I love the truism, “Rules were made to be broken.” Why? Because (tautology alert) it’s so darn true. And when it comes to writing prose, breaking the rules means challenging some of those quaint, rigid little dictums our English teachers drilled into our heads and then enforced with their nasty red pens. I find that when my writing is not jumping off the proverbial page, it’s fun to think back to all those draconian rules about good writing—and then blow them up and create my own.
Join me in my trip back to school, won’t you?
Teacher (imagine an extra-nasally voice): “Always write in complete sentences.”
Subject-verb, subject-verb, subject-verb is boring, boring, boring. Break out of the complete sentence habit and try to “stutter step” your prose a bit. What, you don’t think incomplete sentences can be dramatic and compelling?
Simply not true. (See?)
Incomplete, fragmented sentences contribute to sentence variety by giving you shorter, more impactful spikes amid longer sentences. And often, these type of sentences help to create a mood or help define a character. If you’re writing in first person or third-person limited, for example, using short and fragmented sentences can aid in a portrayal of a distressed or chaotic state of mind.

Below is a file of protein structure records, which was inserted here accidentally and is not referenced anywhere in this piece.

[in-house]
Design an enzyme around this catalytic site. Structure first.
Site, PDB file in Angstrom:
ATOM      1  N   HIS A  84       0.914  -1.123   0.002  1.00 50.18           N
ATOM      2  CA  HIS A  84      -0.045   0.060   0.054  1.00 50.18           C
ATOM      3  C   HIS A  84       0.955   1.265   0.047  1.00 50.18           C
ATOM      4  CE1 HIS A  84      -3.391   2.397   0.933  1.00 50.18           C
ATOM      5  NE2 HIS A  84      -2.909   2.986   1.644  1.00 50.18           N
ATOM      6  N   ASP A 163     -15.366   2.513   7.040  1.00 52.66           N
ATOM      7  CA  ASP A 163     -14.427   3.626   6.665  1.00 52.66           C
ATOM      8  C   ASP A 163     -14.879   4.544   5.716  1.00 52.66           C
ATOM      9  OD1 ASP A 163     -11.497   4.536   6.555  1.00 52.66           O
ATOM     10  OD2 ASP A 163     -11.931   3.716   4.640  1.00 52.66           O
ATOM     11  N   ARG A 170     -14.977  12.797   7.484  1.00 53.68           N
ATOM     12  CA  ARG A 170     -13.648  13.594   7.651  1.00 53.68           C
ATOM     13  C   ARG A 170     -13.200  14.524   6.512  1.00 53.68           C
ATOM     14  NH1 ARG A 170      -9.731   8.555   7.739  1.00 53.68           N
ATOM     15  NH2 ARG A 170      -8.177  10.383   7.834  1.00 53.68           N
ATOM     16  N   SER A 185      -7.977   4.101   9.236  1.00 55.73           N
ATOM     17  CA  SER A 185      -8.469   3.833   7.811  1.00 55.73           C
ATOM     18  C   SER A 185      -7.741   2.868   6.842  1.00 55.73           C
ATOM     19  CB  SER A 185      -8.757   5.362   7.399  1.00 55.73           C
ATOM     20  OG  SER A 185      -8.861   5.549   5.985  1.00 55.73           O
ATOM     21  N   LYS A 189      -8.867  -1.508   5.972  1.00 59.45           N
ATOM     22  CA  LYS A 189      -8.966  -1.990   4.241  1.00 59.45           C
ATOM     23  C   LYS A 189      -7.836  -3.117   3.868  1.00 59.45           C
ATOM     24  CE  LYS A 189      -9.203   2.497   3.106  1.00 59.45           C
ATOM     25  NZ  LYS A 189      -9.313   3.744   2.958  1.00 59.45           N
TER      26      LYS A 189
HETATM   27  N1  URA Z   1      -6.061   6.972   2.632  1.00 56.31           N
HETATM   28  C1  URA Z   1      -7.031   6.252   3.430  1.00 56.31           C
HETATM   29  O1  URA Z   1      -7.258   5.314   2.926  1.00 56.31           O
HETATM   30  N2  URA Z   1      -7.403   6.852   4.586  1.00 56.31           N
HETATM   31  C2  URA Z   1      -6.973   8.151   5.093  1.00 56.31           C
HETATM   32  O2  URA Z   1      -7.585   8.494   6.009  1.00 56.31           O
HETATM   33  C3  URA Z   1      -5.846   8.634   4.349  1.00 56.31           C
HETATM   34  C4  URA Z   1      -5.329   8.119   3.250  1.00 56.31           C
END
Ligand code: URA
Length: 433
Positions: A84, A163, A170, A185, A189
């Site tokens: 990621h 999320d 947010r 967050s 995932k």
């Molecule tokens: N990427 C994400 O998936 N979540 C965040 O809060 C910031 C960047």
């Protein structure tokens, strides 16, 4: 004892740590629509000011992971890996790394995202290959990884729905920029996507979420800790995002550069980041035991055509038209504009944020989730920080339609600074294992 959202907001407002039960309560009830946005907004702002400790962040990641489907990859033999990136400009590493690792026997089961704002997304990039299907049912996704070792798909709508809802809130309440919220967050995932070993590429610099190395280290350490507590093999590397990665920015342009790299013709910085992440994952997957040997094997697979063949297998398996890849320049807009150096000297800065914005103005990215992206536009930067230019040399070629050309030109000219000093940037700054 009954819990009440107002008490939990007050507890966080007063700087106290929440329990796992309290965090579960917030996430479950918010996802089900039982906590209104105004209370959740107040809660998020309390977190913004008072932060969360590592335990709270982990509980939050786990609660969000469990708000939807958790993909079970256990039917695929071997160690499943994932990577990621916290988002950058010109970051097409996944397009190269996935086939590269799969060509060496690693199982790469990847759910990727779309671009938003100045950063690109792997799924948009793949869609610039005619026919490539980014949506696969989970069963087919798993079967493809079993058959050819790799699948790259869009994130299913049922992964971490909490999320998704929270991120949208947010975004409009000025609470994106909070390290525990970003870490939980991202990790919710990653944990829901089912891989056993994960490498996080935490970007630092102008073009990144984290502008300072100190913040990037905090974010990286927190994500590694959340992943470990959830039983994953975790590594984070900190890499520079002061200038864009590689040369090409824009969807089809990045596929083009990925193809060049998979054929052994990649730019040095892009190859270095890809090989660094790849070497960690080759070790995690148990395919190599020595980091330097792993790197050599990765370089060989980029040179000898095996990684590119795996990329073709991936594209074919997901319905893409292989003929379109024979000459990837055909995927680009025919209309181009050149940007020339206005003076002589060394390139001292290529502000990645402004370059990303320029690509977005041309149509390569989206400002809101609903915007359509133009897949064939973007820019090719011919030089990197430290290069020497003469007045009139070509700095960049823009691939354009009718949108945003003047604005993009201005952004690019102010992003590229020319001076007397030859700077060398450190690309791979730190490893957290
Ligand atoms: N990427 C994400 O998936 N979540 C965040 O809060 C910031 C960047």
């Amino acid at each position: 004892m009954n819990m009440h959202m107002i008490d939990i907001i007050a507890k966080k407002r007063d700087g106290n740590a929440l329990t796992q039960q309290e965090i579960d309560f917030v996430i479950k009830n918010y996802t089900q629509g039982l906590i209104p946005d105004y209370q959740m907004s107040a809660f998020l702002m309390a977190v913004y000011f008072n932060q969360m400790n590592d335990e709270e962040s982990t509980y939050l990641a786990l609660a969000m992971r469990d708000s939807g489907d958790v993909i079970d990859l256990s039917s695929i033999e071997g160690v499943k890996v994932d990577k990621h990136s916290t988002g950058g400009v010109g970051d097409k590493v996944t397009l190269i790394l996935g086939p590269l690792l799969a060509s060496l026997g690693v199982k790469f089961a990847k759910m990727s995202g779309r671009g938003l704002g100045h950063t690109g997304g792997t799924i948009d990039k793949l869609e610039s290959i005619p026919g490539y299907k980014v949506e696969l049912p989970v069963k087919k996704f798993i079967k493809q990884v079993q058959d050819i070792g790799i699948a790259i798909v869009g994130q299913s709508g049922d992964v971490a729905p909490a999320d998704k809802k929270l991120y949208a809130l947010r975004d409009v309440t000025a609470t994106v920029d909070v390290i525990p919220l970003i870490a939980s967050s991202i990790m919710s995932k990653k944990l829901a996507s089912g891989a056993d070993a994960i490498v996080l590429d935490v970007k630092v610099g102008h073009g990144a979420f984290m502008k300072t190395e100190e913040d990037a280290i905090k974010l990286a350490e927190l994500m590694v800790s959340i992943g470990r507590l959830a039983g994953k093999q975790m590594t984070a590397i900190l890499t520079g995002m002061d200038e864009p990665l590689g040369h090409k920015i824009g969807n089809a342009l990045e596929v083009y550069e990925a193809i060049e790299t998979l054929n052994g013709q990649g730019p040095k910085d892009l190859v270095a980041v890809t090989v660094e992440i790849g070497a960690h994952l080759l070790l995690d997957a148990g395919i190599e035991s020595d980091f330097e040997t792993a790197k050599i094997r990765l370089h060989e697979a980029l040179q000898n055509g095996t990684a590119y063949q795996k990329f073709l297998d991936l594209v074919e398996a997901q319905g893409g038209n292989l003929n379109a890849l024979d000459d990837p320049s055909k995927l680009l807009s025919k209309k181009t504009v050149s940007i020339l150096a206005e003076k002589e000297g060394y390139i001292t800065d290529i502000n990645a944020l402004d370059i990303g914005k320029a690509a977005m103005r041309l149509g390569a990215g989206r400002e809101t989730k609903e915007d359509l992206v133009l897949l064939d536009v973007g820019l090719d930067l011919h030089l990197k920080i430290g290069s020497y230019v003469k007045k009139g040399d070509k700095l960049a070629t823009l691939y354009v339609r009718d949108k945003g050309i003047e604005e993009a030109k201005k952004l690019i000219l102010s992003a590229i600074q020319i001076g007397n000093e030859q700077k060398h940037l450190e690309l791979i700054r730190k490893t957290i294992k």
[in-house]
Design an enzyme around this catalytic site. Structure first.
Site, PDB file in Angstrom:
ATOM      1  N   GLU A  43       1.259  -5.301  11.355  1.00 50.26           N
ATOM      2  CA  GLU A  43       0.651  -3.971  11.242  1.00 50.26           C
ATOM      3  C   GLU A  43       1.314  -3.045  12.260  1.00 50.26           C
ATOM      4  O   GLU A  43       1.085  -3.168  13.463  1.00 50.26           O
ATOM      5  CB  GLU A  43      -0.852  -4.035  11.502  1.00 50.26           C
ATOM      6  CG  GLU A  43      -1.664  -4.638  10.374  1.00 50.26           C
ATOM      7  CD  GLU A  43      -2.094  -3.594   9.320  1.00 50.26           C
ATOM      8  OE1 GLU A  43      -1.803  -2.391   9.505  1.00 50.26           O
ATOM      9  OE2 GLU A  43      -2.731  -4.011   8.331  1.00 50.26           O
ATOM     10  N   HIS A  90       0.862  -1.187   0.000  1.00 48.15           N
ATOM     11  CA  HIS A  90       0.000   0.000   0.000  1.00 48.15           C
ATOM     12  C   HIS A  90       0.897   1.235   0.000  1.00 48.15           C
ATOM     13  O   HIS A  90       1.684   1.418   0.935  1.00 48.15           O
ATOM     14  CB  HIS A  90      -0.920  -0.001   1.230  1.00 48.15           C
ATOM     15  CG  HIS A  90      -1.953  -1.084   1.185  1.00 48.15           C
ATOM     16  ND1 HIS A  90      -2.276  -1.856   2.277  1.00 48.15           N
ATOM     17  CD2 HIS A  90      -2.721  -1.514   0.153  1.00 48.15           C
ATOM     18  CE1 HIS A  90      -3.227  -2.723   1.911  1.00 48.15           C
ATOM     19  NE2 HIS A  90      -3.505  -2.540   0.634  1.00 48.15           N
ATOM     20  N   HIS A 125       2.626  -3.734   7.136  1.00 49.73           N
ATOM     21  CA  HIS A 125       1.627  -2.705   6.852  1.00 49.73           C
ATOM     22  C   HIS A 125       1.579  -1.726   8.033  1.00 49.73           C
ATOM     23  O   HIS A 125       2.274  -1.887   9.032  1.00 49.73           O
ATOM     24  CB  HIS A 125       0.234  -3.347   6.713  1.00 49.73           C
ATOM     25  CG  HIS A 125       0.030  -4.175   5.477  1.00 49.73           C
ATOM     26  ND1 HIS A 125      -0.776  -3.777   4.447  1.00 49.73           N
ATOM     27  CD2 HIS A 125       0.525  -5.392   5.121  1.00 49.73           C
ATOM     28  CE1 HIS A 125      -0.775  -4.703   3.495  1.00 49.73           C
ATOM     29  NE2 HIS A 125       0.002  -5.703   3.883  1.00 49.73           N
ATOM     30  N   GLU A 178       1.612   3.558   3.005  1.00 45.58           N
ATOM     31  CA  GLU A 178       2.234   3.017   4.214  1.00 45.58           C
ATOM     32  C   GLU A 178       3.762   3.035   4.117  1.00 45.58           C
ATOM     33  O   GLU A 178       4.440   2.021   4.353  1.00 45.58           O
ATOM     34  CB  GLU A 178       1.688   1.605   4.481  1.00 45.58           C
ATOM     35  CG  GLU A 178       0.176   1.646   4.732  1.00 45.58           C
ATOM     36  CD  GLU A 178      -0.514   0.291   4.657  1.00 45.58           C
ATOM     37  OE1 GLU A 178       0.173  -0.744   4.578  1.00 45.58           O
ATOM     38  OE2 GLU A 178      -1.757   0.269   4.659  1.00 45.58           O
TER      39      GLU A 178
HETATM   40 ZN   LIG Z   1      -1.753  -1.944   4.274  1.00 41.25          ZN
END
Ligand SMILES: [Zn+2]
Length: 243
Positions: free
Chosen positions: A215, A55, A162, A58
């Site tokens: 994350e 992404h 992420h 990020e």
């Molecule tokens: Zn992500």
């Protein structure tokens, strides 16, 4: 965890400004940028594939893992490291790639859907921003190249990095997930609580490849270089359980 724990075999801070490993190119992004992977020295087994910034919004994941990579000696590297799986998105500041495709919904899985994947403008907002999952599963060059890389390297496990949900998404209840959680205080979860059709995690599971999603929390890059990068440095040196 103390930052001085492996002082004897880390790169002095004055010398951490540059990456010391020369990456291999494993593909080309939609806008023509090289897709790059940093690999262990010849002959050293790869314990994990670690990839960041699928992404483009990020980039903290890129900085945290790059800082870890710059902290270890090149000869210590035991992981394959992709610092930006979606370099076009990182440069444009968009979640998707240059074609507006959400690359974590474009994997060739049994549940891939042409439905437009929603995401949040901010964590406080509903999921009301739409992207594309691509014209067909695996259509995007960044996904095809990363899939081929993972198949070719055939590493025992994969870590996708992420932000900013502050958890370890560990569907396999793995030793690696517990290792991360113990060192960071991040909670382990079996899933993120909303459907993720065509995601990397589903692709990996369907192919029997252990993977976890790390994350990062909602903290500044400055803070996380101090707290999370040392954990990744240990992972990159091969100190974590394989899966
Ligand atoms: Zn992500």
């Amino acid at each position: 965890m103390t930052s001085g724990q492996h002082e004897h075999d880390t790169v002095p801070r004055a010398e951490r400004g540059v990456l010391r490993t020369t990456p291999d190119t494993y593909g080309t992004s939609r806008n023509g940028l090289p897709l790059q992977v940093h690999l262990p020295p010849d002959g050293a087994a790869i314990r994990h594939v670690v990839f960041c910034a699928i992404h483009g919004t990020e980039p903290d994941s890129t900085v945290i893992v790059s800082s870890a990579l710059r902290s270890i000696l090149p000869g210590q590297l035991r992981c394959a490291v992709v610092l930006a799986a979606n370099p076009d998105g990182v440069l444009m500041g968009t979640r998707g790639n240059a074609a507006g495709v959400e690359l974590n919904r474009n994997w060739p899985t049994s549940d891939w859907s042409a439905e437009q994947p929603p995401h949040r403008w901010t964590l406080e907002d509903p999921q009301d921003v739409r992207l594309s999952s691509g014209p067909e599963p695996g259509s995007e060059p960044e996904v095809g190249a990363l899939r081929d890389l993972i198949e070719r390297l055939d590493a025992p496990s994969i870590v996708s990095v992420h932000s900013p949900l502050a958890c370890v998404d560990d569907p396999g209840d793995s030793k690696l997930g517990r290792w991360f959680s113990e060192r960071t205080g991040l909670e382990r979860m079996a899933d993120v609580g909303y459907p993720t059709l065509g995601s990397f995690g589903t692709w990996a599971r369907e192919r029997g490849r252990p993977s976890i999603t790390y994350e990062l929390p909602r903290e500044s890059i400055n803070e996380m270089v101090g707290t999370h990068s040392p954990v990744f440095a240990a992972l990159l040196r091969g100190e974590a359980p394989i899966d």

Pretty cool, huh?
Teacher: “Each paragraph should begin with a topic sentence which introduces and summarizes the paragraph that follows.”
Again, boring! Ditch the school marm routine and consider leaving revelatory statements at the end of your paragraphs. I call these suspend paragraphs. Start out mysterious, vague, enigmatic, abstract, and then clobber your reader at the end with the truth. And when you think about it, it’s perfectly natural to leave the best bits for the end. Screenwriters know this: they use “suspend sentences” to increase the punch of their dialogue by leaving the most important part of a line at the end. “The butler murdered Mr. Smith behind the greenhouse!” is usually weaker than “Mr. Smith was murdered behind the greenhouse by the butler!”
Teacher: “Your paper must focus on one main point, and everything should be in support of that point.”
In fiction prose, organizing chapters or sections around single “main points” can be stifling. It can lead to a tedious kind of ask-and-answer, “paint by numbers” approach. Whether it’s exposition, characterization, subplots, local color, humor, or thematic material, find a way to chop up your material and sprinkle it throughout your book. Don’t underestimate the intelligence of your reader! He or she does not have to be led by the hand. Add some variety, keep ’em guessing, and keep it interesting.
Have any other writing tips or things you think you can ignore from high school English? Please, share!